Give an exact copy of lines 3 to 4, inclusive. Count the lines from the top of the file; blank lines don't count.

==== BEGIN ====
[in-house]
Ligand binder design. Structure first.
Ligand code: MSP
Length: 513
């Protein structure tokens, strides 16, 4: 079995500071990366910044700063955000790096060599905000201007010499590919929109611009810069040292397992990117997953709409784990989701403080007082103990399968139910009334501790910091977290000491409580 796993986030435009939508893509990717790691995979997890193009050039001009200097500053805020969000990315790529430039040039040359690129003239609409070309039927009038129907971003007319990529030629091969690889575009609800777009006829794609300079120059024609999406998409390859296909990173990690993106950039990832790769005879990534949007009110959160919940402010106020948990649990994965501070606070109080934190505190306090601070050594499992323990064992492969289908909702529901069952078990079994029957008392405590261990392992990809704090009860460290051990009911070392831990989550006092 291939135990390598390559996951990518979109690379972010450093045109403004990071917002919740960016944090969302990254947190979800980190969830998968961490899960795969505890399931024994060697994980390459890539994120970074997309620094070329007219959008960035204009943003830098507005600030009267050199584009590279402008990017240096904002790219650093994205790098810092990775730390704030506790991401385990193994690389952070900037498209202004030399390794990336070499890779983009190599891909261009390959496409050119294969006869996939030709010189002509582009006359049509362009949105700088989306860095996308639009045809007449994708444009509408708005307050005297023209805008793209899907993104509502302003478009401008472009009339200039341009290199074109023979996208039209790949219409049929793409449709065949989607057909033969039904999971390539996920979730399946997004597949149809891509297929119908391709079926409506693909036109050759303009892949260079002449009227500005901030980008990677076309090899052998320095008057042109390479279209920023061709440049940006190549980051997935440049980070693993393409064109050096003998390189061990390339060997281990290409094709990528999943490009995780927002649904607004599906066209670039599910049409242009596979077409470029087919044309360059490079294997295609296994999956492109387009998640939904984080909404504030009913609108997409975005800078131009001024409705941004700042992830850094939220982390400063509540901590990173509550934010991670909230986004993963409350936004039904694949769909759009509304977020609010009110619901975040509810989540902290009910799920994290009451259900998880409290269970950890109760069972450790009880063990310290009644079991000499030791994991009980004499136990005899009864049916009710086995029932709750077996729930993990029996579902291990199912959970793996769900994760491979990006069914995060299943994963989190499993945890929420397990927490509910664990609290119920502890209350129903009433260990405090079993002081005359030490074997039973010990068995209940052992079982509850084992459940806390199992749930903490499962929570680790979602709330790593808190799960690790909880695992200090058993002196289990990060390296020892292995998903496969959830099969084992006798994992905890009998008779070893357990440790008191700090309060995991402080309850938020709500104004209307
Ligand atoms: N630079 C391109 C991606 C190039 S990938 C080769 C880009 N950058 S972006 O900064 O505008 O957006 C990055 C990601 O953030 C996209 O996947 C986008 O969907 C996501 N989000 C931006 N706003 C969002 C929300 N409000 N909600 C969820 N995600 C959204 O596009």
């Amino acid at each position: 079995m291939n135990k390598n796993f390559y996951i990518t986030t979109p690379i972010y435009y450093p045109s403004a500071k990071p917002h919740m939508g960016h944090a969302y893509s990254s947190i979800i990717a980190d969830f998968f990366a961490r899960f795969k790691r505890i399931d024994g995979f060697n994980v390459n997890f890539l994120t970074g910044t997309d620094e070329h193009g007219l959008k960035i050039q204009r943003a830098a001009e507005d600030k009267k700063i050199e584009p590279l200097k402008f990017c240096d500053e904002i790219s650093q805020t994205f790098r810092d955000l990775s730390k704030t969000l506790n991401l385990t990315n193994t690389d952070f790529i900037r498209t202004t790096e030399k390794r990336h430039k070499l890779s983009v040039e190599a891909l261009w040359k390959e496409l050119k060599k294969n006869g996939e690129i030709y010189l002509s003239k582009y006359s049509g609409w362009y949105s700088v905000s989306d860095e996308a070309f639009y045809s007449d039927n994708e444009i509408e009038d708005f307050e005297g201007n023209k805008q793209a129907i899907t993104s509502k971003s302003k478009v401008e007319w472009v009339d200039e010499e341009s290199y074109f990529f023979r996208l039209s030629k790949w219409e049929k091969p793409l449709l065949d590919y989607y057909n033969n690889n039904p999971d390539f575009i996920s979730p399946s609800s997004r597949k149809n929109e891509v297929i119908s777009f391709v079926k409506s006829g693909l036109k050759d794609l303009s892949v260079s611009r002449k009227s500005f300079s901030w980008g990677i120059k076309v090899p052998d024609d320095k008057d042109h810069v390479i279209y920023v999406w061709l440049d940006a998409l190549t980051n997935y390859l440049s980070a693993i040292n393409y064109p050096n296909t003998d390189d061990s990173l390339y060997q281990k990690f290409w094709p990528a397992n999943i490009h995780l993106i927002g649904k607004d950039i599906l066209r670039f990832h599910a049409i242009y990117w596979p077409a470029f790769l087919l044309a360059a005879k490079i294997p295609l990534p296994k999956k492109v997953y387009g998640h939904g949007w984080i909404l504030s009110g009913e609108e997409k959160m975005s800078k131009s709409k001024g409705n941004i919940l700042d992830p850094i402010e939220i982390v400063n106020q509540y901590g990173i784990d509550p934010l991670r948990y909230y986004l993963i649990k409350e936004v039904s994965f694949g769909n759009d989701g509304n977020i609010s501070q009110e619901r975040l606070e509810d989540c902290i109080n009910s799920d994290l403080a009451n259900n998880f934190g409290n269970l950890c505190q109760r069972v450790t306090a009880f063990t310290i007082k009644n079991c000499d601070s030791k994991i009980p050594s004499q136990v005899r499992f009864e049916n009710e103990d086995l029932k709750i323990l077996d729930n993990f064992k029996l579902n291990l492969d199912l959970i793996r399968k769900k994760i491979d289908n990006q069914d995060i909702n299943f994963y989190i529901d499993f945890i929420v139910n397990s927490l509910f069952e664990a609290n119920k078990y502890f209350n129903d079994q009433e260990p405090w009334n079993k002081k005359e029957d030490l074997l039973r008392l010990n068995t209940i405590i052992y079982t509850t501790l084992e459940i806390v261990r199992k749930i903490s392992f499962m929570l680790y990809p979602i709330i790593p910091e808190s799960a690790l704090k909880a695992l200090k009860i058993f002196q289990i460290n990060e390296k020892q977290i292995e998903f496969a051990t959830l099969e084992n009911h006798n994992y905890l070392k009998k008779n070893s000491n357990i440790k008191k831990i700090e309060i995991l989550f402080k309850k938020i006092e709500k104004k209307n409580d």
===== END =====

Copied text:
Ligand code: MSP
Length: 513